Supporters believe IB instruction will foster a more inquiry-based curriculum, as well as hands-on opportunities for students to do more learning outside of the classroom, with such potential partners as Middlebury College, the Henry Sheldon Museum of Vermont History, local nonprofits and businesses. Program boosters also believe IB will better prepare students for future jobs and for living in a more global society.
“In the 21st century, students really need to be prepared for a workplace that is entirely different,” Burrows said. “It’s no longer about rote memorization; it’s really about learning how to be innovative and adaptable and collaborative and a strong citizen in an increasingly global world.”
District officials can’t be sure right now about how the 6th-grade transition would affect individual school populations in the fall of 2018, when the move would take effect. Numerous children could move in or out of the district by then. But here is an enrollment snapshot based on the most current (December 2016) ACSD numbers.
The number of sixth-graders in ACSD elementary schools is currently:
•  Bridport Central School: 8 out of a total of 72 students.
•  Cornwall’s Bingham Memorial: 7 of 81.
•  Middlebury’s Mary Hogan Elementary: 72 out of 446.
•  Ripton Elementary: 3 out of 47.
•  Salisbury Community: 13 out of 101.
•  Shoreham Elementary: 12 out of 80.
•  Weybridge Elementary: 8 out of 50.
So if the transition had been in effect this year, the combined total ACSD 6th-grade class of 123 would have been added to MUMS’ current population of 253, for a total of 376.
Burrows noted the MUMS building served a combined total of around 450 students when it was constructed two decades ago. But he also knows some of the district’s elementary schools are struggling with declining enrollment.
“Part of the consideration will be the (potential) impact on our elementary schools,” Burrows said. “It’s a decision for MUMS, but also a decision for our elementary schools, too.”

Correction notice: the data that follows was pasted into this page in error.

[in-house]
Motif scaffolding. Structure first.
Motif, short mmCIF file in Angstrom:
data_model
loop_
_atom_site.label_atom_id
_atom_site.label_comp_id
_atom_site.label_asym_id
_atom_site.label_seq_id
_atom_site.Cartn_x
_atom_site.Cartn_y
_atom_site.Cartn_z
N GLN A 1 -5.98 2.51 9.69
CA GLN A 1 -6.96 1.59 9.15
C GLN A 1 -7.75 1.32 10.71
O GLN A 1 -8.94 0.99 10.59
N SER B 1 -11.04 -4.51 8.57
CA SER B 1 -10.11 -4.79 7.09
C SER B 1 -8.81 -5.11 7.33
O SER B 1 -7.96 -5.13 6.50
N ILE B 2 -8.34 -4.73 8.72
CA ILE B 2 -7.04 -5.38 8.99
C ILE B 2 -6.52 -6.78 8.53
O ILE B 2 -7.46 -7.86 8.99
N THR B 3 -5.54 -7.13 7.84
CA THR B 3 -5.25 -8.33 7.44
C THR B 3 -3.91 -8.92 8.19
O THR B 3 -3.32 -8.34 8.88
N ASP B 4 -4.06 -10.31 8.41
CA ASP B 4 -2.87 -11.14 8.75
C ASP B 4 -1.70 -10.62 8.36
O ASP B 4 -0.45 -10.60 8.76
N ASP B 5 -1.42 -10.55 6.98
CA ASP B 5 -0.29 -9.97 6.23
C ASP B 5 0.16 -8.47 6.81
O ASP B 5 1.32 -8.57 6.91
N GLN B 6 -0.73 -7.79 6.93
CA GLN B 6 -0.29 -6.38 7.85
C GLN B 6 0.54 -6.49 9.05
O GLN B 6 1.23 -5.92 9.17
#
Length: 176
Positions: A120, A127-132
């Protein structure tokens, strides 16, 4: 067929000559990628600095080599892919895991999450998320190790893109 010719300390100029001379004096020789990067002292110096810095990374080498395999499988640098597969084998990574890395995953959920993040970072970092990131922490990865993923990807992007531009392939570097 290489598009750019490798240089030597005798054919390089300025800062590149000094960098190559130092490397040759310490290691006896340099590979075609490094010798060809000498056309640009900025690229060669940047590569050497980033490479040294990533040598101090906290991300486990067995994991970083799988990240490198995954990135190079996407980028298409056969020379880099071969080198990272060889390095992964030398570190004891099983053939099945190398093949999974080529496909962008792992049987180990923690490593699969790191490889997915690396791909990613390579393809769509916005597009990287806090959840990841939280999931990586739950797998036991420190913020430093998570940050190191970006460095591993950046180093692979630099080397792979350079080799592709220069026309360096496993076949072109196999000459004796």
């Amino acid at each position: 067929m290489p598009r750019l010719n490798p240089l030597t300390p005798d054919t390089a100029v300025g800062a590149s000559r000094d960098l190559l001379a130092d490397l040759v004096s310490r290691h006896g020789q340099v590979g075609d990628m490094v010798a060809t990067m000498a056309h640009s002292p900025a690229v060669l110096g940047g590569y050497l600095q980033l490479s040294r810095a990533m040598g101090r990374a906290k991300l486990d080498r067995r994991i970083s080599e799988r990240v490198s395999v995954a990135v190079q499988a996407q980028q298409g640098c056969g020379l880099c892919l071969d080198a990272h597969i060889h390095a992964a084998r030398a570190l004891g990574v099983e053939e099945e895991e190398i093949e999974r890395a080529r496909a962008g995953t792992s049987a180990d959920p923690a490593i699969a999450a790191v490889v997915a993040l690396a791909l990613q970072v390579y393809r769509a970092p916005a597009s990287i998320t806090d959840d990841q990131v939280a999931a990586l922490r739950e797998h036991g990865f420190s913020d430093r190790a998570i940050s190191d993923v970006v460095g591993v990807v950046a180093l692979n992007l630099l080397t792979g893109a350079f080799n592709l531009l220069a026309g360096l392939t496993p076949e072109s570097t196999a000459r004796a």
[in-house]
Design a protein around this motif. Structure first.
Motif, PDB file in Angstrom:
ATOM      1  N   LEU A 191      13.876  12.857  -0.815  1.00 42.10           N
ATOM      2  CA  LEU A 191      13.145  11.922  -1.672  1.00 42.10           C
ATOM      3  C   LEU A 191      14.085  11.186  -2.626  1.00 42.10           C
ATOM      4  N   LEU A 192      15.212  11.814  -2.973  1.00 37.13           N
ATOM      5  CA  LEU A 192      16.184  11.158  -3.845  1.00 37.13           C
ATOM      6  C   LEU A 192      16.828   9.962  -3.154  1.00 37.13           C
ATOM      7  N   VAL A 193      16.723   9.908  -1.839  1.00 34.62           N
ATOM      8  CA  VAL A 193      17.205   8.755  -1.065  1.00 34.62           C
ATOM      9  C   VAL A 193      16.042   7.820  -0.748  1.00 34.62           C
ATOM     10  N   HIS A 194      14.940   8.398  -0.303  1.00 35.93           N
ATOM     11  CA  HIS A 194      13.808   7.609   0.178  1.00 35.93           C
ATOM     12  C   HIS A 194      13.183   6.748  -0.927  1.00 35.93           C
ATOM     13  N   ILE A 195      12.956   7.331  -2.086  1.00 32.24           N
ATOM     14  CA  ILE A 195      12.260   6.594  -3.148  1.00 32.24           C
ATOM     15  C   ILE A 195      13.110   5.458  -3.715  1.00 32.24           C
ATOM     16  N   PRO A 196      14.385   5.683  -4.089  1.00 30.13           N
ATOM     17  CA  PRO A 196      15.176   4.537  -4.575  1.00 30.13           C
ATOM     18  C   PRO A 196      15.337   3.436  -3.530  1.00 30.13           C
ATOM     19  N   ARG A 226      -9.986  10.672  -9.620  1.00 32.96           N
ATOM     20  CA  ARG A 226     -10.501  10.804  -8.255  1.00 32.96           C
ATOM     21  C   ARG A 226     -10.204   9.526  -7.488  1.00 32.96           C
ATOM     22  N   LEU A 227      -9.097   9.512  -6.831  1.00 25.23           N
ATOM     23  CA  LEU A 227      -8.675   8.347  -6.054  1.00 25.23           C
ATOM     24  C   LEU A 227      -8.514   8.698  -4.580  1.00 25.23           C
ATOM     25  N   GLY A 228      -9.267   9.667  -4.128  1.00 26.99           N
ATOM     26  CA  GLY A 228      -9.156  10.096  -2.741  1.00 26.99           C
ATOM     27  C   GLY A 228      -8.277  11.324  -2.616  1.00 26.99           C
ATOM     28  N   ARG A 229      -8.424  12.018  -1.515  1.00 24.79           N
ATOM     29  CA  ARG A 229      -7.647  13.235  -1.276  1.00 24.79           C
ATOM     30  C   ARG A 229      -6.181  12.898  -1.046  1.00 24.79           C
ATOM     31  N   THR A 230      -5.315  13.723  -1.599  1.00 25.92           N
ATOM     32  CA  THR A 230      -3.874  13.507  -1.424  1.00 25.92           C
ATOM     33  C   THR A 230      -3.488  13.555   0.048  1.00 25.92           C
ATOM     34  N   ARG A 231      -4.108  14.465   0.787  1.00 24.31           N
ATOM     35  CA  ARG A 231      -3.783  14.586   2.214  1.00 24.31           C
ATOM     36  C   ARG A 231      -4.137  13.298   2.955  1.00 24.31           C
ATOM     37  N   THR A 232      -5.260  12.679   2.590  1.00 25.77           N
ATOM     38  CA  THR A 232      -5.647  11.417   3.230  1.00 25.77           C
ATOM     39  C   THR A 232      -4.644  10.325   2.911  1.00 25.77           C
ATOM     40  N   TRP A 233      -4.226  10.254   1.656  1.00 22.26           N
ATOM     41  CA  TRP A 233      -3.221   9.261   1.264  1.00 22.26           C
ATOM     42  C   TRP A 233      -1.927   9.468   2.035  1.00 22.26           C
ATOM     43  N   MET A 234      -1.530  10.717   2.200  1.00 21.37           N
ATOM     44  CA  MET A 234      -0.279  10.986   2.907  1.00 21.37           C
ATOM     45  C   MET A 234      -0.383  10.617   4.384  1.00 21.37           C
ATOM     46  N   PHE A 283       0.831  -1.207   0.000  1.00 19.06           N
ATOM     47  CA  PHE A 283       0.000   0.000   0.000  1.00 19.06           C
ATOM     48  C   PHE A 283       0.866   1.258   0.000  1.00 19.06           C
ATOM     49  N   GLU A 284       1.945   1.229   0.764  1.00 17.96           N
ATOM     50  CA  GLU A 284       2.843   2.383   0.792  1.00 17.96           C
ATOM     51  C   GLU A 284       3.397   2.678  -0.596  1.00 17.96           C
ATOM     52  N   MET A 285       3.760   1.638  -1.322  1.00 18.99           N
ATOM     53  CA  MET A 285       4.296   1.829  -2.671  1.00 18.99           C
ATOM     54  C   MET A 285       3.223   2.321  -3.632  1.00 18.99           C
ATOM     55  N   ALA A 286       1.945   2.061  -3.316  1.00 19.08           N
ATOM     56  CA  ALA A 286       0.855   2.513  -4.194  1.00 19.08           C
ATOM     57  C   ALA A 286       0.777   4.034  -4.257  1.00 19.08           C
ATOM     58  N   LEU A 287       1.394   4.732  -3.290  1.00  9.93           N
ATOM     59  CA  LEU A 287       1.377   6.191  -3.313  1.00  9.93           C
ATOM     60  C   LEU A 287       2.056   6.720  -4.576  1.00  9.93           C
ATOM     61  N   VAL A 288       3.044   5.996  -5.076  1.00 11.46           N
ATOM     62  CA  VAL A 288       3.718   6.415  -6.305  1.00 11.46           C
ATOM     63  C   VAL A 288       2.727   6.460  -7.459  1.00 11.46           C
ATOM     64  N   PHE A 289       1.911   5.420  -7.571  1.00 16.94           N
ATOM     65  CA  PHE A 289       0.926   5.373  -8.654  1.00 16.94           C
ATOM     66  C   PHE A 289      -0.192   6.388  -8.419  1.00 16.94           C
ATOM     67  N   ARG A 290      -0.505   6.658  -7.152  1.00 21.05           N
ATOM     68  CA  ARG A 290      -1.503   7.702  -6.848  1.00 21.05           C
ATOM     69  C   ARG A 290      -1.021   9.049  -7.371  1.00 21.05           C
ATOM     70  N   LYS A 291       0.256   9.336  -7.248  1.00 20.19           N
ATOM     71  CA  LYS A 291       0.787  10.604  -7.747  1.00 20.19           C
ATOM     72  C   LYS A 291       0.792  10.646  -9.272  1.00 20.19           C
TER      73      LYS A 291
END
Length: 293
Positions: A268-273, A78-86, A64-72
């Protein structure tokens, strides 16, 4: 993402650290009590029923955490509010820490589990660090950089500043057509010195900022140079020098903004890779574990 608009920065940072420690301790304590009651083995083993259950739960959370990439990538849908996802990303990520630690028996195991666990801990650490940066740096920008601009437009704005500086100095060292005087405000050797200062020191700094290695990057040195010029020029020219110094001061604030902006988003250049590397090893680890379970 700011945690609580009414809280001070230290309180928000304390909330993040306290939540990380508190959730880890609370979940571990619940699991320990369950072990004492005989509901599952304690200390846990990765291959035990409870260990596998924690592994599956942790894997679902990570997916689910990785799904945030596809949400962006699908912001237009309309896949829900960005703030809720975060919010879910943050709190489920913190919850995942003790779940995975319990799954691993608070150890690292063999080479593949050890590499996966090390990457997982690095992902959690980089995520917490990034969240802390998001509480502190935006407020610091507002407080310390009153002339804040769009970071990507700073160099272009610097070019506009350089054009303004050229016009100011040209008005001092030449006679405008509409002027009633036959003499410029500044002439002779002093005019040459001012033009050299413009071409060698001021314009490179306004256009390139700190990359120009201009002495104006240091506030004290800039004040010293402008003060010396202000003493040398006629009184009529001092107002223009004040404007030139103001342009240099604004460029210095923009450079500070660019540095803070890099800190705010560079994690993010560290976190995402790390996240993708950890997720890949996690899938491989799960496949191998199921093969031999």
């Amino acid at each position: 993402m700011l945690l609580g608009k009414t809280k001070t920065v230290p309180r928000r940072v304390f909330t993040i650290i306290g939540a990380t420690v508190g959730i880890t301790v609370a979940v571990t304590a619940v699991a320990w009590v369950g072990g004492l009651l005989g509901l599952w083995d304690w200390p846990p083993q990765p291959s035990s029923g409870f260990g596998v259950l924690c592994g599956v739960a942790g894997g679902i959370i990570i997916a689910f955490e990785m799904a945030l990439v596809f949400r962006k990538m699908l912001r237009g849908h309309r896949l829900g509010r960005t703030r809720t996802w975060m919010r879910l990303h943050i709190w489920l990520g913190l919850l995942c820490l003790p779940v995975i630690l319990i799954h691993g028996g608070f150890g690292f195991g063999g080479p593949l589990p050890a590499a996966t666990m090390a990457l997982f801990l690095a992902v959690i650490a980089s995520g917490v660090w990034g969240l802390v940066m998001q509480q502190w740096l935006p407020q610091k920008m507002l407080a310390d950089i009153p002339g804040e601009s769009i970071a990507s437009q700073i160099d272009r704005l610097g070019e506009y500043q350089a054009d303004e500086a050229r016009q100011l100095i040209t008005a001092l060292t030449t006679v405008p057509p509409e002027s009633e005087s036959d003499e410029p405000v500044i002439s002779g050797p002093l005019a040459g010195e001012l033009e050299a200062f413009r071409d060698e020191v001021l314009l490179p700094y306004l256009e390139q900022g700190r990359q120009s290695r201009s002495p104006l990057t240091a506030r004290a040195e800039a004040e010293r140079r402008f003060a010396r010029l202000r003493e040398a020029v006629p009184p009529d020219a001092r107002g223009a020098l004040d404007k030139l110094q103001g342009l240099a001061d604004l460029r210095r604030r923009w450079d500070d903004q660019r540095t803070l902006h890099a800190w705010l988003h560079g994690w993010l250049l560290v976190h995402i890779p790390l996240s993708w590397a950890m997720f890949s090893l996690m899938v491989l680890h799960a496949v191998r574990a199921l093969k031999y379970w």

Ruth Hardy of Middlebury is chairwoman of the Mary Hogan Elementary School board and a member of the ACSD board. She said she looks forward to the upcoming dialogue on the question of shifting 6th grade to MUMS.
“There have been informal conversations regarding the best grade configuration for our middle school over the past few years,” Hardy said. “However, now that we’ve successfully unified ACSD and approved implementing an International Baccalaureate program, we’re more actively assessing options for a middle school model that will best serve students in an educationally and developmentally appropriate setting. The ACSD board will also have to consider potential budget and facilities implications of any changes. The superintendent will be leading a comprehensive community outreach process over the next several months to gather feedback and ideas. As a board member, I look forward to hearing from the public, and reviewing data and options as we consider what’s best for students across the district.”
Burrows hopes a lot of people weigh in on the proposed middle school change and International Baccalaureate.
“Our process over the next three months is going to be a lot of community outreach, to survey where our community is, to engage in those conversations, to look at the pros and cons, and to look through the filter of IB, because that’s what we’re building, here,” Burrows said. “It’s a central part of this inquiry.”
Reporter John Flowers is at [email protected].